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Large Numbers of North Atlantic Right Whales Sighted in Cape Cod Bay
April 15, 2019

three north atlantic right whales, #1719, #3680, known as seadragon, and #2750, known as haley, feed together in cape cod bay on april 7, 2019

Three North Atlantic right whales - #1719, left, Seadragon (#3680), bottom, and Haley (#2750), top right, feed together in Cape Cod Bay on April 7, 2019. All three have scars at the base of their flukes from previous entanglements in fishing ropes.
credit: Center for Coastal Studies, NOAA permit #19315-1

Large numbers of North Atlantic right whales have been sighted in Cape Cod Bay in recent weeks with 219 individual whales - over half of the population of only about 415 - sighted in the past four months. The Center for Coastal Studies reports that the highest number sighted in one day was 158 - more than 1/3 of the population. They also report that other cetacean species are arriving in the bay including humpback, fin, sei and minke whales. Sei whales, like North Atlantic right whales, are classified as Endangered and fin whales are classified as Vulnerable by the IUCN, further making the protection of Cape Cod Bay a top priority as the protections put in place to help North Atlantic right whales will help all other species of whales as well.

Protective measures in Cape Cod Bay are especially important as two more calves were sighted with their mothers in the bay. #4180 and #3317 were sighted with their calves in the bay on April 11th and we reported last week that #1204 was seen in the bay with her new calf on April 7th. All three were seen earlier this year in the southeastern US with their calves and successfully made the long and dangerous journey north through shipping lanes where ships constantly violate the voluntary speed restrictions or go through areas that have no restrictions at all. They also have to avoid hundreds of thousands of fishing ropes that create a minefield of entanglement hazards and an increasing amount of marine debris.

north atlantic right whale #1817, known as Silt, feeds in Cape Cod Bay on April 7, 2019

North Atlantic right whale Silt (#1817) feeds in Cape Cod Bay on April 7th, 2019. Silt gave birth in 2002 to #3317 who was just sighted in the bay with her new calf on April 11th. Silt had taken #3317 to Cape Cod Bay when she was a calf in 2003 and now #3317 is doing the same with her calf, putting three generations in Cape Cod Bay at the same time. Scars from an entanglement in fishing rope can be seen at the base of Silt's flukes.
credit: Center for Coastal Studies, NOAA permit #19315-1

The population was estimated to be 411 in 2017 and with 3 known deaths in 2018 (and no births that year) and 7 calves born this year, the population is estimated to be no more than 415 - not including any whales that researchers believe have died since 2017 after not seeing them for a significant amount of time. It's also believed that as few as 1 in 3 deaths are actually seen. 83% of North Atlantic right whales have been entangled in rope at least once in their lives and entanglements have been the cause of 85% of deaths since 2010.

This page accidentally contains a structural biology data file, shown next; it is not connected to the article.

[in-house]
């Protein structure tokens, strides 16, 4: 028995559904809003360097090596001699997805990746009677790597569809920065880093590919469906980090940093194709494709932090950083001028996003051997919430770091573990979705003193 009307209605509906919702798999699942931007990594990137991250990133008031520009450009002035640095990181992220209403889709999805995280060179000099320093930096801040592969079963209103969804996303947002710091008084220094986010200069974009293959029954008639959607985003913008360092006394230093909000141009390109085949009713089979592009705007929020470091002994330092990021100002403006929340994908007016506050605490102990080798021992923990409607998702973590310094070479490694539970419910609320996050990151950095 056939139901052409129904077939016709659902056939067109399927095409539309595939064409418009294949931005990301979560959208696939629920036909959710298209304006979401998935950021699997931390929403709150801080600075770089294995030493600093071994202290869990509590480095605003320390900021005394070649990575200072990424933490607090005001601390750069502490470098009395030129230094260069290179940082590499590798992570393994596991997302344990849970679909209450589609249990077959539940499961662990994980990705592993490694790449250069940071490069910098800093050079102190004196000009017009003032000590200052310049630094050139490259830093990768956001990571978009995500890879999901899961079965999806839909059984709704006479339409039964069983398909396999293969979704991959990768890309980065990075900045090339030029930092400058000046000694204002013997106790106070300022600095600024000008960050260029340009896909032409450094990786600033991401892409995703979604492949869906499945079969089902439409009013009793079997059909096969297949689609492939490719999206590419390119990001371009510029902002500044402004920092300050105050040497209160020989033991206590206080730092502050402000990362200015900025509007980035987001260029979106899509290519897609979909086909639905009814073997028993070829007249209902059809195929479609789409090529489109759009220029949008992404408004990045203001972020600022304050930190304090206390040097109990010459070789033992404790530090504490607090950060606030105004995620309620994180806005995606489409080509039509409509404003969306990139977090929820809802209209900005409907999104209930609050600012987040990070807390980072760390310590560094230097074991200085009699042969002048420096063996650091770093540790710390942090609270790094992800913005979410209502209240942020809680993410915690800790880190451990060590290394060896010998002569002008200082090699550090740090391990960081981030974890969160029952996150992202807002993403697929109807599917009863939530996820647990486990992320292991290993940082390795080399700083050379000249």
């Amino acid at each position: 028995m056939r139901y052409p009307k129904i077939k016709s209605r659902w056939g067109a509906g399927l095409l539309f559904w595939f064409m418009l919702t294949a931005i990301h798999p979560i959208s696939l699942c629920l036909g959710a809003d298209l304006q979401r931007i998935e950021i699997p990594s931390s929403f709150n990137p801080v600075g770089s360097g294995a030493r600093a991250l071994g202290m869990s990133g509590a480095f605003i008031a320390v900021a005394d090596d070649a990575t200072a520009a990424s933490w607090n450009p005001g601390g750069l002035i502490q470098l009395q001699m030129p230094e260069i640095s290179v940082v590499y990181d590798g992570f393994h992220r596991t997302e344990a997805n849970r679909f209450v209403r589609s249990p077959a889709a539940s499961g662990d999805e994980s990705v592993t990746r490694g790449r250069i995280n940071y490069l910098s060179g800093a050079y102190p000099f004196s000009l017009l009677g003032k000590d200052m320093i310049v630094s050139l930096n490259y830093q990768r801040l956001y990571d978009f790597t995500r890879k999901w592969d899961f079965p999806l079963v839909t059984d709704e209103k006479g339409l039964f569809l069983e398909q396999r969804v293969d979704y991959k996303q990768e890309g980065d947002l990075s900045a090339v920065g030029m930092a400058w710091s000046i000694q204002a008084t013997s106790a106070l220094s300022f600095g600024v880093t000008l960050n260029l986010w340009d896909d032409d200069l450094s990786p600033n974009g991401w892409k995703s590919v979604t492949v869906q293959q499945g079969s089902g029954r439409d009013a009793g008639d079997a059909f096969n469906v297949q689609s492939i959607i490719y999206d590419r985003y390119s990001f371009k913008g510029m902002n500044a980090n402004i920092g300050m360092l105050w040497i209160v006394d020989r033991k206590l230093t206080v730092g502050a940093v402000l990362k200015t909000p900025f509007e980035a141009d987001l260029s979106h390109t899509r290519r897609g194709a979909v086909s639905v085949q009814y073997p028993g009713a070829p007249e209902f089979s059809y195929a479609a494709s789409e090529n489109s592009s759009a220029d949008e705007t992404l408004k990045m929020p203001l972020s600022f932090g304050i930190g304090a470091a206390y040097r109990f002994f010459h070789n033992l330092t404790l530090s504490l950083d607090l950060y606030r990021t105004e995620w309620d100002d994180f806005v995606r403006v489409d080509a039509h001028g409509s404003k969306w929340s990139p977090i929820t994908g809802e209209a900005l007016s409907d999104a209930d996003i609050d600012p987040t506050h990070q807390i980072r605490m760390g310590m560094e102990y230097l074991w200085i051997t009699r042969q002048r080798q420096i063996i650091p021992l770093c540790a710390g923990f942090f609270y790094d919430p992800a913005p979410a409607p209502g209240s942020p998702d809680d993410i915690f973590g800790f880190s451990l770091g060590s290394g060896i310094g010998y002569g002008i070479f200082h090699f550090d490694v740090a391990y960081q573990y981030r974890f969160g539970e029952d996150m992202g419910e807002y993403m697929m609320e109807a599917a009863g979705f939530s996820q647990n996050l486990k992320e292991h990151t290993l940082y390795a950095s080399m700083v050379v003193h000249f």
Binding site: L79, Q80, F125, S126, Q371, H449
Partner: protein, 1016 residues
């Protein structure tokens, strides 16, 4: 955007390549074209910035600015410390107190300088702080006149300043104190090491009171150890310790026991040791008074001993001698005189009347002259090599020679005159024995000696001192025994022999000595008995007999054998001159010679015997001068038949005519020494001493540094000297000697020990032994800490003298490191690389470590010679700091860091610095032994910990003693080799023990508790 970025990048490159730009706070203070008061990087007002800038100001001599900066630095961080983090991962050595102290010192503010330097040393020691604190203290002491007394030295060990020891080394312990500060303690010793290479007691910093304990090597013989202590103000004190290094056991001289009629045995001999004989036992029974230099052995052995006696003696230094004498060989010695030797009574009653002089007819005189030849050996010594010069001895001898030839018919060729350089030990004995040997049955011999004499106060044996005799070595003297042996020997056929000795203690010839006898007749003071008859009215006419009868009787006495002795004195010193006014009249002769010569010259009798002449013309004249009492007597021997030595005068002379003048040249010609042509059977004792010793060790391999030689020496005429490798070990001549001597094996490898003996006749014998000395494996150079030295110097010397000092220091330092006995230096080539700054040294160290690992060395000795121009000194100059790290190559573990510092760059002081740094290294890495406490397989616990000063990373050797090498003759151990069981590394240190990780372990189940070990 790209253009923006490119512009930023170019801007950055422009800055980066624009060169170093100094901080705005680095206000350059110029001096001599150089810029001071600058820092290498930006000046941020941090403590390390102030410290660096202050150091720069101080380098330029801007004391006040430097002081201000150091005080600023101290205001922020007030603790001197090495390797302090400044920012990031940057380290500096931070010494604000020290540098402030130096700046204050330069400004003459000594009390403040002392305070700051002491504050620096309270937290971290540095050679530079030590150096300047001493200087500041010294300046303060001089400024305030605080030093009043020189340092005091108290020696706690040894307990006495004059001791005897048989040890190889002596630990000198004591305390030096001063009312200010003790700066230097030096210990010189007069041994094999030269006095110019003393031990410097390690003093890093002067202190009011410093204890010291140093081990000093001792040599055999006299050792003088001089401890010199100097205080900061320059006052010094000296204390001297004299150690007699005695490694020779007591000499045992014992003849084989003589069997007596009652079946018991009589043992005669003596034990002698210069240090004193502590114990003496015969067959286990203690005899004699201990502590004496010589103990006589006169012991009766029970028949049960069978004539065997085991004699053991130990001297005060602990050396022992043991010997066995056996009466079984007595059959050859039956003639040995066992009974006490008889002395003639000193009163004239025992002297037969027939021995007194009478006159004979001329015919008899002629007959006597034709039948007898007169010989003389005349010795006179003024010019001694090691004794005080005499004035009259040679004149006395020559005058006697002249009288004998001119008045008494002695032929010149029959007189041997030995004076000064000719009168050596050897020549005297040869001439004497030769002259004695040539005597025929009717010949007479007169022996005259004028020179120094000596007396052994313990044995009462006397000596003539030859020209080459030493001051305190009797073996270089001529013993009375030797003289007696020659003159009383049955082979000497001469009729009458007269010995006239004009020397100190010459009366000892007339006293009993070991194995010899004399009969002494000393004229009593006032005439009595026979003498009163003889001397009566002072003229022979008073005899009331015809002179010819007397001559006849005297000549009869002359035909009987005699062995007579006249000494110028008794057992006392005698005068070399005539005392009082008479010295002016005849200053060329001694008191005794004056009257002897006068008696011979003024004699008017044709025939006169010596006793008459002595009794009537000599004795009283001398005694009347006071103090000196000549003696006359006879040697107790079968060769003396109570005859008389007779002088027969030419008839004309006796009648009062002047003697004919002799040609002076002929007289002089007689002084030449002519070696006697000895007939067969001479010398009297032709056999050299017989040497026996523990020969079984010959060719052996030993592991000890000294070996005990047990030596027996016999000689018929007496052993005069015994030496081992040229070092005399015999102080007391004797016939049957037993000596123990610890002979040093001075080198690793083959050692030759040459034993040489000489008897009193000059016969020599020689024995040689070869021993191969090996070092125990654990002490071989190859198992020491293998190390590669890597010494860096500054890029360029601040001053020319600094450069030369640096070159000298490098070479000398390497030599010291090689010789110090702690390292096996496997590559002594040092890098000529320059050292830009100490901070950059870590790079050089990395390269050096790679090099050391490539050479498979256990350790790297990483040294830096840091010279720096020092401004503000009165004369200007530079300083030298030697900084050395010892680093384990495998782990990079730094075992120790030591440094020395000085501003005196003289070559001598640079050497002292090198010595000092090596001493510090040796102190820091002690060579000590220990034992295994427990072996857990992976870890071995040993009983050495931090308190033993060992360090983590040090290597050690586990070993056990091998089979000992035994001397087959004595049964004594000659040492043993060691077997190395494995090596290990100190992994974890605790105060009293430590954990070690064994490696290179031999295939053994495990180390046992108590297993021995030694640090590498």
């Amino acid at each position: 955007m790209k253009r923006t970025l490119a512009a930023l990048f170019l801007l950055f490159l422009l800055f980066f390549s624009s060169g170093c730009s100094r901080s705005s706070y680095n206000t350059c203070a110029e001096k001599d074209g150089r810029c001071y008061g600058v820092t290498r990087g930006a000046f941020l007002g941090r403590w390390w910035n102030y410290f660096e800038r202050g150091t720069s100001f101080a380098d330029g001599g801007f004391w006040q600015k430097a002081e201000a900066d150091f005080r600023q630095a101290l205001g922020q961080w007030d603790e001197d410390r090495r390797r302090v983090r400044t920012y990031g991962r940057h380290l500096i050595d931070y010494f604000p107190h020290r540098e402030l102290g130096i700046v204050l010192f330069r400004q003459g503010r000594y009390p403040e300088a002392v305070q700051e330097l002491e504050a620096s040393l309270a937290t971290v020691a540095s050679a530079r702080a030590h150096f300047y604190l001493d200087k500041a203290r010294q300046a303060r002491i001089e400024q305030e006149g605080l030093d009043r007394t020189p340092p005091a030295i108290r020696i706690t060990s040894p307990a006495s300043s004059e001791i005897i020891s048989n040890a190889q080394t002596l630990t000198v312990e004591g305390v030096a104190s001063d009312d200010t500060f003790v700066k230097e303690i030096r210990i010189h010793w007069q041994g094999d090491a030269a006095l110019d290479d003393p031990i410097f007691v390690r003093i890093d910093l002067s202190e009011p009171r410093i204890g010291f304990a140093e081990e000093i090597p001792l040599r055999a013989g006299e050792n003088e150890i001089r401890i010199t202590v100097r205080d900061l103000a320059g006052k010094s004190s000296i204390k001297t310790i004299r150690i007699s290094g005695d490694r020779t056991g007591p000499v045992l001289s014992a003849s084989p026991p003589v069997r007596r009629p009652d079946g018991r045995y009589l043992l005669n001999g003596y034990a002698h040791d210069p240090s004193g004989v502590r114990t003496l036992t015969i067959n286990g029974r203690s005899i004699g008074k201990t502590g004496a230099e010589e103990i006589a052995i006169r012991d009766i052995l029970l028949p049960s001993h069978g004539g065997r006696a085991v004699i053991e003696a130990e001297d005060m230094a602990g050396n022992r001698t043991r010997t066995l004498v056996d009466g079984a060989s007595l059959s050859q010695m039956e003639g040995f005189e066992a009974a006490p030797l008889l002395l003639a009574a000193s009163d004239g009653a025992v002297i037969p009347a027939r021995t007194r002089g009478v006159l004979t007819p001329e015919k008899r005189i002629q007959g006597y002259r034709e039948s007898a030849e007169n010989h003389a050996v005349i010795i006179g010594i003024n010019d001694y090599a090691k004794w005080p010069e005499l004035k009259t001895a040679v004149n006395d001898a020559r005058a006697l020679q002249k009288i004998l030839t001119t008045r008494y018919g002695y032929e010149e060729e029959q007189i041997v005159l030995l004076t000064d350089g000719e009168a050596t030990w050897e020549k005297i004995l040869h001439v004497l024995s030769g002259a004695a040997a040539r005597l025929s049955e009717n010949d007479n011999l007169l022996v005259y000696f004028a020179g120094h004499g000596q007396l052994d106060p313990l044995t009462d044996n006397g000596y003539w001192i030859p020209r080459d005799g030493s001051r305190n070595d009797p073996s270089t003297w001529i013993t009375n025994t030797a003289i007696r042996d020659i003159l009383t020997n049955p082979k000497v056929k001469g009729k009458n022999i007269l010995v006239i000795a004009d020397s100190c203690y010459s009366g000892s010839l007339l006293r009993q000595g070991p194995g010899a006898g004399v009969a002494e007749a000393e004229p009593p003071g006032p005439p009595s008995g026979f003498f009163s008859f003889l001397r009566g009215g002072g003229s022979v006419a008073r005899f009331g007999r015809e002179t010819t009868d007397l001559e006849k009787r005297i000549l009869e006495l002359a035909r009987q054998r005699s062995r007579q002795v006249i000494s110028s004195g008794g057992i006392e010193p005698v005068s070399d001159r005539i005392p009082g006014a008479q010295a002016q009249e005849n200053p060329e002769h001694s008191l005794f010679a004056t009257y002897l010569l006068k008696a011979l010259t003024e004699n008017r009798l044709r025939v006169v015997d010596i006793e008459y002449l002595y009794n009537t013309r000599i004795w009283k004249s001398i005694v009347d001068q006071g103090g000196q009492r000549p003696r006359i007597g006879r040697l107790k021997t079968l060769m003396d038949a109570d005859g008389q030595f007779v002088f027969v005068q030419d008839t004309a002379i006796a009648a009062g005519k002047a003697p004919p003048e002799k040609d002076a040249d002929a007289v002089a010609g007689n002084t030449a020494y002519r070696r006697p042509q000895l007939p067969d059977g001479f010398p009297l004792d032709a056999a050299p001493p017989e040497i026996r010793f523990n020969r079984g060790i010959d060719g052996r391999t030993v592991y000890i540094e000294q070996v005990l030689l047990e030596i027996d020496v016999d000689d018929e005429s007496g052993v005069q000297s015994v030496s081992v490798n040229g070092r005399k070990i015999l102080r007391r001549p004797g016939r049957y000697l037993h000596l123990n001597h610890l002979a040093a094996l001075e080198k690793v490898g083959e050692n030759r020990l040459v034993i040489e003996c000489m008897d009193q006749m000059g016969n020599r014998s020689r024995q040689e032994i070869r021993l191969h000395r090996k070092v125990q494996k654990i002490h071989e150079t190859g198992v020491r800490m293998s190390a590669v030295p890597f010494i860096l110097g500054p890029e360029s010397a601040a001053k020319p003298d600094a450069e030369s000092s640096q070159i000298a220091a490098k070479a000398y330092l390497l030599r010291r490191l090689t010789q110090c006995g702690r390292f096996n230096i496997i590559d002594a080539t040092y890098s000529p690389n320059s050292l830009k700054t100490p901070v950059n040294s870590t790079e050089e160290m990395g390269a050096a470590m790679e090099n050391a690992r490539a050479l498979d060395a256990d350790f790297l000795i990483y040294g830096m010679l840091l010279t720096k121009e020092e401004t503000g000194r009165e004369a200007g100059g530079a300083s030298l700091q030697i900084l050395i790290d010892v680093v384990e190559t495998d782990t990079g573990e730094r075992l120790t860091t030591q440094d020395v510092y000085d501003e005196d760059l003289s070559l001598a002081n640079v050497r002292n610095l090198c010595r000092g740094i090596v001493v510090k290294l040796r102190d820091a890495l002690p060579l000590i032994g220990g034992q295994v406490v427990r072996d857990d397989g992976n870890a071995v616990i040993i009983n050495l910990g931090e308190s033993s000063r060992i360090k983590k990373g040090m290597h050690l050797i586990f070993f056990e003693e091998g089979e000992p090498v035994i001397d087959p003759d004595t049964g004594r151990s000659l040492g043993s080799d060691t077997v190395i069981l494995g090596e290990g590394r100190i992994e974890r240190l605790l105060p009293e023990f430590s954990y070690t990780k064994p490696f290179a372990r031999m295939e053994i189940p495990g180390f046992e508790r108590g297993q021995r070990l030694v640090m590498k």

Cape Cod Bay currently has a lobster trap ban but it's only seasonal as it ends on April 30th. There is also a 10 knot speed restriction in place for all vessels in Cape Cod Bay (a federal restriction on vessels over 65 feet and a state restriction on vessels under 65 feet) but these restrictions will end on April 30th as well unless they get extended. Thankfully it is currently safer than many areas throughout their range as similar protections do not even exist in many other areas they are seen in but even with these protections these whales still face threats from ship traffic and marine debris in Cape Cod Bay during this time. Protective measures must be expanded and made permanent throughout their range to to make sure they're truly safe.

It is also illegal to approach a North Atlantic right whale within 500 yards (1,500 feet) without a federal research permit. This includes boaters, kayakers, paddle-boarders, swimmers, light aircraft and drone pilots. However, as the Center for Coastal Studies states, "the right whales often feed very close to shore, offering whale watchers on land unbeatable views" of North Atlantic right whales.

More Information:

First North Atlantic Right Whale Calf Sighting of 2019 in Cape Cod Bay - 4/10/2019

Dozens of North Atlantic Right Whales Sighted in Cape Cod Bay - 3/19/2019

Mandatory Speed Limits in Effect for Cape Cod Bay - 1/2/2019

To find out more about what is happening to North Atlantic and North Pacific right whales and how we can all take actions in our everyday lives to protect them, please visit our Facts and Action sections on our website. We also post updates and pictures on Facebook, Tumblr and Twitter.